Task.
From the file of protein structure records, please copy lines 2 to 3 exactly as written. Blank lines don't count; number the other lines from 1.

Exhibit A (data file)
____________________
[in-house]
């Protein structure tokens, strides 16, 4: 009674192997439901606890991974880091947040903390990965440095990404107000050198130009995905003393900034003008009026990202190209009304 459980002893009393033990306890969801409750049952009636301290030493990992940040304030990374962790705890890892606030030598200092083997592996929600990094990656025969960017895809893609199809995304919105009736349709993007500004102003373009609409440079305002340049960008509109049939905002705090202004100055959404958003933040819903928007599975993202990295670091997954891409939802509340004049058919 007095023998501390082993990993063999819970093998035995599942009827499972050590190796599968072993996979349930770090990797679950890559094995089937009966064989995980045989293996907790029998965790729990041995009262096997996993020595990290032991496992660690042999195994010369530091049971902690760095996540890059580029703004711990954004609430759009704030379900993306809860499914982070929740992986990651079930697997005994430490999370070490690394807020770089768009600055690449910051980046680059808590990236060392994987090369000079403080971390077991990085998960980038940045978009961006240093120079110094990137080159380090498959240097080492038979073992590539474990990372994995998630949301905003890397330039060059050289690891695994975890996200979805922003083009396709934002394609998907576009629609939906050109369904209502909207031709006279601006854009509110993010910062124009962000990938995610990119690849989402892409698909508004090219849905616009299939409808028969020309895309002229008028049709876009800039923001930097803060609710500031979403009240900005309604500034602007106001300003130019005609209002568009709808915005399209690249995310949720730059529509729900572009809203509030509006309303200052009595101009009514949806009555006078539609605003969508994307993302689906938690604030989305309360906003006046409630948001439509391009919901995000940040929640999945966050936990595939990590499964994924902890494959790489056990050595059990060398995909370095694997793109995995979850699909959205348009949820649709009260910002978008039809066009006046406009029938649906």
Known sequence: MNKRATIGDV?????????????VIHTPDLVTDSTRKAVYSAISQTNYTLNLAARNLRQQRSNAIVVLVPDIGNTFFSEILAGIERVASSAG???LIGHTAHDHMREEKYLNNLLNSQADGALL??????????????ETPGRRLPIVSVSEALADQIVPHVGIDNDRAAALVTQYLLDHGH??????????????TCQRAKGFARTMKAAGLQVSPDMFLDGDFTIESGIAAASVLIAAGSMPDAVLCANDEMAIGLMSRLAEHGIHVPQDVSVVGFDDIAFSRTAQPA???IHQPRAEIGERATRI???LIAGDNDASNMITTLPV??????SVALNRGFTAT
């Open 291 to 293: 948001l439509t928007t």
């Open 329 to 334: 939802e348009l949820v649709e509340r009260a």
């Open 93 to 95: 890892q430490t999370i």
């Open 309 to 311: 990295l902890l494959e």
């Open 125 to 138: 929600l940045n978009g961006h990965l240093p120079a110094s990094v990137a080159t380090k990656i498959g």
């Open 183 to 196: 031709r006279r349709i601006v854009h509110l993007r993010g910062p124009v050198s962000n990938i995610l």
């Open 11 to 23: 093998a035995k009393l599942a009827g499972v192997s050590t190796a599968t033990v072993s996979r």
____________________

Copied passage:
């Protein structure tokens, strides 16, 4: 009674192997439901606890991974880091947040903390990965440095990404107000050198130009995905003393900034003008009026990202190209009304 459980002893009393033990306890969801409750049952009636301290030493990992940040304030990374962790705890890892606030030598200092083997592996929600990094990656025969960017895809893609199809995304919105009736349709993007500004102003373009609409440079305002340049960008509109049939905002705090202004100055959404958003933040819903928007599975993202990295670091997954891409939802509340004049058919 007095023998501390082993990993063999819970093998035995599942009827499972050590190796599968072993996979349930770090990797679950890559094995089937009966064989995980045989293996907790029998965790729990041995009262096997996993020595990290032991496992660690042999195994010369530091049971902690760095996540890059580029703004711990954004609430759009704030379900993306809860499914982070929740992986990651079930697997005994430490999370070490690394807020770089768009600055690449910051980046680059808590990236060392994987090369000079403080971390077991990085998960980038940045978009961006240093120079110094990137080159380090498959240097080492038979073992590539474990990372994995998630949301905003890397330039060059050289690891695994975890996200979805922003083009396709934002394609998907576009629609939906050109369904209502909207031709006279601006854009509110993010910062124009962000990938995610990119690849989402892409698909508004090219849905616009299939409808028969020309895309002229008028049709876009800039923001930097803060609710500031979403009240900005309604500034602007106001300003130019005609209002568009709808915005399209690249995310949720730059529509729900572009809203509030509006309303200052009595101009009514949806009555006078539609605003969508994307993302689906938690604030989305309360906003006046409630948001439509391009919901995000940040929640999945966050936990595939990590499964994924902890494959790489056990050595059990060398995909370095694997793109995995979850699909959205348009949820649709009260910002978008039809066009006046406009029938649906």
Known sequence: MNKRATIGDV?????????????VIHTPDLVTDSTRKAVYSAISQTNYTLNLAARNLRQQRSNAIVVLVPDIGNTFFSEILAGIERVASSAG???LIGHTAHDHMREEKYLNNLLNSQADGALL??????????????ETPGRRLPIVSVSEALADQIVPHVGIDNDRAAALVTQYLLDHGH??????????????TCQRAKGFARTMKAAGLQVSPDMFLDGDFTIESGIAAASVLIAAGSMPDAVLCANDEMAIGLMSRLAEHGIHVPQDVSVVGFDDIAFSRTAQPA???IHQPRAEIGERATRI???LIAGDNDASNMITTLPV??????SVALNRGFTAT